The statement of the problem I am facing is:

Arthur and Bernard participated of an election to take care of a building with 100 voters. At the end, 60 people voted in Arthur and 40 in Bernard. What is the chance that during the investigation of the result of the votes, Arthur is always ahead of Bernard?

However, I didn't find a direct way, even though, my idea was to find all sequences, such that Arthur gets 60 votes and the remaining is given to Bernard, as in A-, AAB, ABA, AABA, AAAB, this is, the number of sequences such that #A's > # B's and #A's + #Bs < 101.

  • 1
    $\begingroup$ My idea was to draw a grid with A votes on the x axis and B votes on the y axis. If we can count n=the number of routes from (0,0) to (60,40) where A is always greater than B we will be nearly done - because we can easily calculate m = the total number of routes (100 choose 40) and the required probability is n/m. It's easy to label the number of routes on the grid with the number of routes, but there are too many to do by hand and I can't find (yet) a useful closed form. $\endgroup$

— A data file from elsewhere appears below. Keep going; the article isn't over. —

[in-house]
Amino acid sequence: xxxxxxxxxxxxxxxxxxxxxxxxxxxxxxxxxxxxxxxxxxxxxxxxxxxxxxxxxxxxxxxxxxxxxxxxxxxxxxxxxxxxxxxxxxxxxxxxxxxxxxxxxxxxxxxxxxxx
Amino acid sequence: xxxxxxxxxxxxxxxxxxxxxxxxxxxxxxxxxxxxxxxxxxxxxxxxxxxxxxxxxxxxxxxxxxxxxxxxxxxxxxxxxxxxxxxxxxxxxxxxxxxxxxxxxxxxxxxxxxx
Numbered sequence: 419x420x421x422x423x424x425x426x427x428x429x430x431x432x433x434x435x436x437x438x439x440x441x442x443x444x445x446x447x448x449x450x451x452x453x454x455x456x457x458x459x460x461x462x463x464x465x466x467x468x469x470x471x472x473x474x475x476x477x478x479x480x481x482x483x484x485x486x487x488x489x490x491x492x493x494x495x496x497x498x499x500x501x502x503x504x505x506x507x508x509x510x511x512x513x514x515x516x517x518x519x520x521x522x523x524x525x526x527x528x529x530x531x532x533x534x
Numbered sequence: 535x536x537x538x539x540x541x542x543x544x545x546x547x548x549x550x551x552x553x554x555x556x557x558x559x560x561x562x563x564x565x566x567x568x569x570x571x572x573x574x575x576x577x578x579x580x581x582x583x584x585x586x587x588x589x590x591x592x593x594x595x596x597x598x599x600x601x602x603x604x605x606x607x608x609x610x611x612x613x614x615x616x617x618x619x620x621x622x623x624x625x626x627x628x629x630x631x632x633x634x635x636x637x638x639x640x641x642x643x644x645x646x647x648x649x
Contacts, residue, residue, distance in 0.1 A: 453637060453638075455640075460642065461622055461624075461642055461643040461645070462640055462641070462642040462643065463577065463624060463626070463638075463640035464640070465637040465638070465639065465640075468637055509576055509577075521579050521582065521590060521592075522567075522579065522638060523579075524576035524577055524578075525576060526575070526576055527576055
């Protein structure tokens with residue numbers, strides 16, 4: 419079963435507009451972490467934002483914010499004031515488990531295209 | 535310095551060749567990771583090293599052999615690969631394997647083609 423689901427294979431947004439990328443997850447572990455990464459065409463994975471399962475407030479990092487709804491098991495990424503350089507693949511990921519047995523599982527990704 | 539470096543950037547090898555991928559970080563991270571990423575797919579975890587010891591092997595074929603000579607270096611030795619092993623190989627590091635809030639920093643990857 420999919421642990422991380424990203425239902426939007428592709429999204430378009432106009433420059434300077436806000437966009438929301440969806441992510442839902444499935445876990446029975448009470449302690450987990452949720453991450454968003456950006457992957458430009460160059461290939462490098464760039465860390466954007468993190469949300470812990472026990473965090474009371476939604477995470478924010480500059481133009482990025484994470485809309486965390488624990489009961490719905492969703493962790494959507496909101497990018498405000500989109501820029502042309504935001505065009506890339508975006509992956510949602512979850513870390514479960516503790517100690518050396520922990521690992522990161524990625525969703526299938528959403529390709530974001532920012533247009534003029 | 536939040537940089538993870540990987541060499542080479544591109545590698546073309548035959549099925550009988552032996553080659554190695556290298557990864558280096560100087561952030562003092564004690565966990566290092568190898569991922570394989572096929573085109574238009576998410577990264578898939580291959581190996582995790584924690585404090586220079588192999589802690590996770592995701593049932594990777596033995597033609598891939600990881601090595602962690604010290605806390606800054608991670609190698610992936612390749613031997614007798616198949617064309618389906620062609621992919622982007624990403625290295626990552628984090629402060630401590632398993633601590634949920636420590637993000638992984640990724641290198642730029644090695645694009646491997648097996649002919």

– Blitzer
    Sep 14, 2022 at 16:15
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    $\begingroup$ See Bertrand's Ballot Theorem $\endgroup$
    – lulu
    Sep 14, 2022 at 16:20
  • $\begingroup$ @lulu great! It would be better I guess for you to post that link as an answer while adding that formula as summary. Then the question could be marked as solved perhaps. $\endgroup$ Sep 14, 2022 at 16:29
  • $\begingroup$ @InanimateBeing not a fan of link only solutions. Feel free to post it yourself, under Community if you prefer. Or the OP could. $\endgroup$
    – lulu
    Sep 14, 2022 at 17:52
  • $\begingroup$ @lulu, in general I see you tend to answer more via comments than actually posting an answer. Example: quite some of my own doubts/posts that were solved by you but in comments. I find it strange and near-inexplicable but your style is still fine (maybe not wrt EoQS?). $\endgroup$ Sep 15, 2022 at 6:57


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